The most frequent dose-dependent adverse events in BI 201335 treatment groups were similar to those seen in SILEN-C1. Serious or severe adverse events were reported more frequently in the BI 201335 240mg BID with lead in (LI) group.
Additional BI 201335 Studies to be Presented at EASL
• SVR and pharmacokinetics of the HCV protease inhibitor BI 201335 with PegIFN/RBV in HCV genotype-1 patients with compensated liver cirrhosis and non-response to previous PegIFN/RBV
(Poster 1231. S. Pol, et al.)
• Mechanisms of isolated unconjugated hyperbilirubinaemia induced by the HCV NS3/4A protease inhibitor BI 201335 (Poster 1236. R. Sane, et al.)
• BI 201335 pharmacokinetics and early effect on viral load in HCV genotype-1 patients
(Poster 1249. C. Yong, et al.)
• Preclinical characterization of the hepatitis C virus NS5B polymerase non-nucleoside inhibitor BILB 1941 (Poster 1215. G. Kukolj et. al.)
Posters are presented on Saturday, 2 April, 2011, 09:00h - 18:00h.
About Hepatitis C Virus (HCV)
HCV is an infectious disease of the liver and is a leading cause of chronic liver disease and liver transplant. The number of individuals chronically infected with HCV globally has been estimated at 170 million, with 3–4 million new infections occurring each year. Only about 20–45% of patients clear the virus in the acute phase. Of the remaining chronically infected patients, 20% will develop cirrhosis within a mean of 20 years. The mortality rate after cirrhosis has developed is 2-5% per year. End-stage liver disease due to HCV infection currently represents the major cause for liver transplantation in the Western world.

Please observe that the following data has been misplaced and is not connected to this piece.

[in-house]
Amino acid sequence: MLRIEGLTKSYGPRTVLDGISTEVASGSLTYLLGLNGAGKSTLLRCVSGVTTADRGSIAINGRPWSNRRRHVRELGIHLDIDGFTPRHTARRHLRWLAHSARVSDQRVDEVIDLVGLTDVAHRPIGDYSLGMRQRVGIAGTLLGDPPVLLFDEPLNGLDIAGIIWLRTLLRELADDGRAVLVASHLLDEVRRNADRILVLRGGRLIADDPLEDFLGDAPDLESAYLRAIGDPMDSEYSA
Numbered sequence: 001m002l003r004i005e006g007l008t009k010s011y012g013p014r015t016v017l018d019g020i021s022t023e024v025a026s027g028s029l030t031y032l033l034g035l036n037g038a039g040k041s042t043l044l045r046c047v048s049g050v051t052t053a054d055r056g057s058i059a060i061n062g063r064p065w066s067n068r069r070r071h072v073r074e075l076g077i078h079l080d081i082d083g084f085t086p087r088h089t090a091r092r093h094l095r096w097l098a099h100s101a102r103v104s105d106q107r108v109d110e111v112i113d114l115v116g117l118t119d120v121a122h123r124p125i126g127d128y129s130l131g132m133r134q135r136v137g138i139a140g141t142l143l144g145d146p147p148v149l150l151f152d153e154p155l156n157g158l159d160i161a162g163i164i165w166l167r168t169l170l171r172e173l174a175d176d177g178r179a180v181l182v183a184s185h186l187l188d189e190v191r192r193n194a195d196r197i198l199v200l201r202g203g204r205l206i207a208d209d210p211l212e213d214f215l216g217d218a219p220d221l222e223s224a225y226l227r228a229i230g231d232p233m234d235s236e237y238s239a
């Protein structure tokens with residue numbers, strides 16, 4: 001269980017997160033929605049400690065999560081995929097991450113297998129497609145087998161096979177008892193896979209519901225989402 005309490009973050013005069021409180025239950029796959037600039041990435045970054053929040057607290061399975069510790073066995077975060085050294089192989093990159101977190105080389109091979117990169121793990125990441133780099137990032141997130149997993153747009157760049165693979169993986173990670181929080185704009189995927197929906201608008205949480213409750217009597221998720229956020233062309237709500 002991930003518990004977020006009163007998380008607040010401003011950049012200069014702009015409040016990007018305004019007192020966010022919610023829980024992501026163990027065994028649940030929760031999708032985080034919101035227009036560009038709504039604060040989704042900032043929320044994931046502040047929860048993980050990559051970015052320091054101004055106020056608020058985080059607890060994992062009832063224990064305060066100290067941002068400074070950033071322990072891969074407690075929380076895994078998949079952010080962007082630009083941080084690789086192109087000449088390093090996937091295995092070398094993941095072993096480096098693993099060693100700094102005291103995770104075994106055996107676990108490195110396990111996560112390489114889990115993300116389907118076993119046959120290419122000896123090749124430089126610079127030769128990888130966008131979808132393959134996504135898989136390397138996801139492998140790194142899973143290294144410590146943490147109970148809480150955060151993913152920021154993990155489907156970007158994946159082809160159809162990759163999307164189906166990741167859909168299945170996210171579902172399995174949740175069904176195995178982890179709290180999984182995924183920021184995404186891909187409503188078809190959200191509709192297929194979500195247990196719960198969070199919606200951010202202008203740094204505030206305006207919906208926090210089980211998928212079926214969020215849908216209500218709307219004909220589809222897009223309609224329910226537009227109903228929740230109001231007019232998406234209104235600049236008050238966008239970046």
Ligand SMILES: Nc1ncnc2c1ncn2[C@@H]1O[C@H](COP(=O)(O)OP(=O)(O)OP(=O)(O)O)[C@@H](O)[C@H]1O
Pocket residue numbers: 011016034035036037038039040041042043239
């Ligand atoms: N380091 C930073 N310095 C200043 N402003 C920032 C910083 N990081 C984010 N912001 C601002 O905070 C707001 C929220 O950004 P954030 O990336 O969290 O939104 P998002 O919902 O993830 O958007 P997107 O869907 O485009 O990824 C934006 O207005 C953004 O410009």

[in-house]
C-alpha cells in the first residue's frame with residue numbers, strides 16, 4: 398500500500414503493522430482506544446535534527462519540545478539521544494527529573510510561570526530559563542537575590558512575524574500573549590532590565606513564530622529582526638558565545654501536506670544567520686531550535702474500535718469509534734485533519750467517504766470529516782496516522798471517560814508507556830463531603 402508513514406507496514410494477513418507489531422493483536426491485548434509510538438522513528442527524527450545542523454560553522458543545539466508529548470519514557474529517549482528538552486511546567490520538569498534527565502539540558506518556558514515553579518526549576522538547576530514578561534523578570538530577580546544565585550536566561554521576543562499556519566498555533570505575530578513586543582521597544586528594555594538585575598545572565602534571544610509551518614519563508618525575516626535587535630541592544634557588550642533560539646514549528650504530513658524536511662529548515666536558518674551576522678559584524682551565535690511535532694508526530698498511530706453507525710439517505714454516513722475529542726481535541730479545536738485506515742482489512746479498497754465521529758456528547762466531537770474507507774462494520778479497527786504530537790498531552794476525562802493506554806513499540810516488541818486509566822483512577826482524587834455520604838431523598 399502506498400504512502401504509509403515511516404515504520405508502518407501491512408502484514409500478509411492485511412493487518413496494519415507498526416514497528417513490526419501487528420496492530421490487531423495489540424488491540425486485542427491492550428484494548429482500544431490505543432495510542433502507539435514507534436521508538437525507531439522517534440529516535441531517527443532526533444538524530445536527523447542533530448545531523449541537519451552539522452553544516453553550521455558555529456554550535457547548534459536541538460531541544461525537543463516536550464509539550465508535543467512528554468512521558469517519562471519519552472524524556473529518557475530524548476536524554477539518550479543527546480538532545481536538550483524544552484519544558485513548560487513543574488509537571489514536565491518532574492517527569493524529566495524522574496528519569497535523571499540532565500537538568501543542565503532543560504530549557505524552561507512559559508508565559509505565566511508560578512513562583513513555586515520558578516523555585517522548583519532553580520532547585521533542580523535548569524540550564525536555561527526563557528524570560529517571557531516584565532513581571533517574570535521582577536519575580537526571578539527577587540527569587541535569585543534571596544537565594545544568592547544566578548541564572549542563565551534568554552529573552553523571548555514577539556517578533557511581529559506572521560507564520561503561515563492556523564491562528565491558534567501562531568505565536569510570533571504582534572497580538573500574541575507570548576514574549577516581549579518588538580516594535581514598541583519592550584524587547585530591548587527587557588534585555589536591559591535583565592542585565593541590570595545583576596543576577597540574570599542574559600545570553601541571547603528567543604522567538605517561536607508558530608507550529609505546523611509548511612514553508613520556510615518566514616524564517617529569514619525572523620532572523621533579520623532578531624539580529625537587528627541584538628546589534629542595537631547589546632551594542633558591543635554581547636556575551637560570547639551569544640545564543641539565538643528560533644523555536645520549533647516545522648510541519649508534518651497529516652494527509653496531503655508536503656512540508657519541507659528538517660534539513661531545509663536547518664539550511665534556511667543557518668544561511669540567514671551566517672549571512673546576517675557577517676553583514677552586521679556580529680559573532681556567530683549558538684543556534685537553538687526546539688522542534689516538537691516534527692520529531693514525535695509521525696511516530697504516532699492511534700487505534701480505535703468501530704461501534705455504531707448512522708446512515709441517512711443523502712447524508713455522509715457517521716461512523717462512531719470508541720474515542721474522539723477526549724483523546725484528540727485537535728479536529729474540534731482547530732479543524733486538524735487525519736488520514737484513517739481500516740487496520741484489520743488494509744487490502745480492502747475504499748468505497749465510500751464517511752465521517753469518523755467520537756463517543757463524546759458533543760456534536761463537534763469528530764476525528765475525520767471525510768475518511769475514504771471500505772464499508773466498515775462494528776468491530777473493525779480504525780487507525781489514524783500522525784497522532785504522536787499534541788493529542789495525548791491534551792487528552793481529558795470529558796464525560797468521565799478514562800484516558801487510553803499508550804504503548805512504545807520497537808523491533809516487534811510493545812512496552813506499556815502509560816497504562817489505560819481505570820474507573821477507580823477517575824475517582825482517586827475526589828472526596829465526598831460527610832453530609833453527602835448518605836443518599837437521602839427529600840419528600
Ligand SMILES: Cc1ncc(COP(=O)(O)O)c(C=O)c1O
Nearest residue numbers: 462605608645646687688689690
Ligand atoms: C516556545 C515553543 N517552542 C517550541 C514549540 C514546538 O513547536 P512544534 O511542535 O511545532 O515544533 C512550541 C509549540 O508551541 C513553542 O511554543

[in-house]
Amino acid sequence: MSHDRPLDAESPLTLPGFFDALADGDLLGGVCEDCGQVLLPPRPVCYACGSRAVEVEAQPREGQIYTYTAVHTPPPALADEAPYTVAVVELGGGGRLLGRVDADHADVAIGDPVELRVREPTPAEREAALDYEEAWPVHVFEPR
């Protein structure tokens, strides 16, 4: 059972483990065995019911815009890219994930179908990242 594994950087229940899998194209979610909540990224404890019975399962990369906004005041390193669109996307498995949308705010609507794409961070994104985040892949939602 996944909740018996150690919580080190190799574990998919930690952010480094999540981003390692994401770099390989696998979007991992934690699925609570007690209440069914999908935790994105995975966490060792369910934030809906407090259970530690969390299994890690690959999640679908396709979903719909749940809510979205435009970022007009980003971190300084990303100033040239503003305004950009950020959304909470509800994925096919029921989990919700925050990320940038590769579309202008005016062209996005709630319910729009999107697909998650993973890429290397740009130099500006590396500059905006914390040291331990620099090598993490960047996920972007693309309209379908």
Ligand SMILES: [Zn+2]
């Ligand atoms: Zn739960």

About Boehringer Ingelheim in Virology
Boehringer Ingelheim has more than 6,900 scientists working in cross disciplinary teams within our global R&D network in six large therapeutic areas, including virology. In addition to its ongoing research program for HCV, Boehringer Ingelheim has a long-standing history in virology drug development, including compounds for the treatment of HIV (VIRAMUNE® (nevirapine) tablets/oral suspension, the first approved HIV non-nucleoside reverse transcriptase inhibitor (NNRTI) and Aptivus®, an HIV protease inhibitor). The company has a well established research centre in Laval, Canada, dedicated to virology research since the early 1990’s, and is committed to developing new therapies for virological diseases with a high unmet medical need.
Boehringer Ingelheim in Hepatitis C Virus (HCV)
BI 201335 is an investigational oral HCV NS3/4A protease inhibitor, discovered from Boehringer Ingelheim’s own research and development, which has completed clinical trials through Phase IIb (SILEN-C studies). This Phase II programme supports the investigation of BI 201335 in Phase III trials. Boehringer Ingelheim is also developing BI 207127, an NS5B RNA-dependent polymerase inhibitor that has completed Phase I clinical trials. Phase II trials evaluating BI 207127 with BI 201335 in interferon-sparing regimens, both with and without ribavirin, are currently underway.
The Boehringer Ingelheim group is one of the world’s 20 leading pharmaceutical companies. Headquartered in Ingelheim, Germany, it operates globally with 142 affiliates in 50 countries and more than 41,500 employees. Since it was founded in 1885, the family-owned company has been committed to researching, developing, manufacturing and marketing novel products of high therapeutic value for human and veterinary medicine.
In 2009, Boehringer Ingelheim posted net sales of 12.7 billion euro (US $17.7 billion) while spending 21% of net sales in its largest business segment, Prescription Medicines, on research and development.
For more information, please visit www.boehringer-ingelheim.com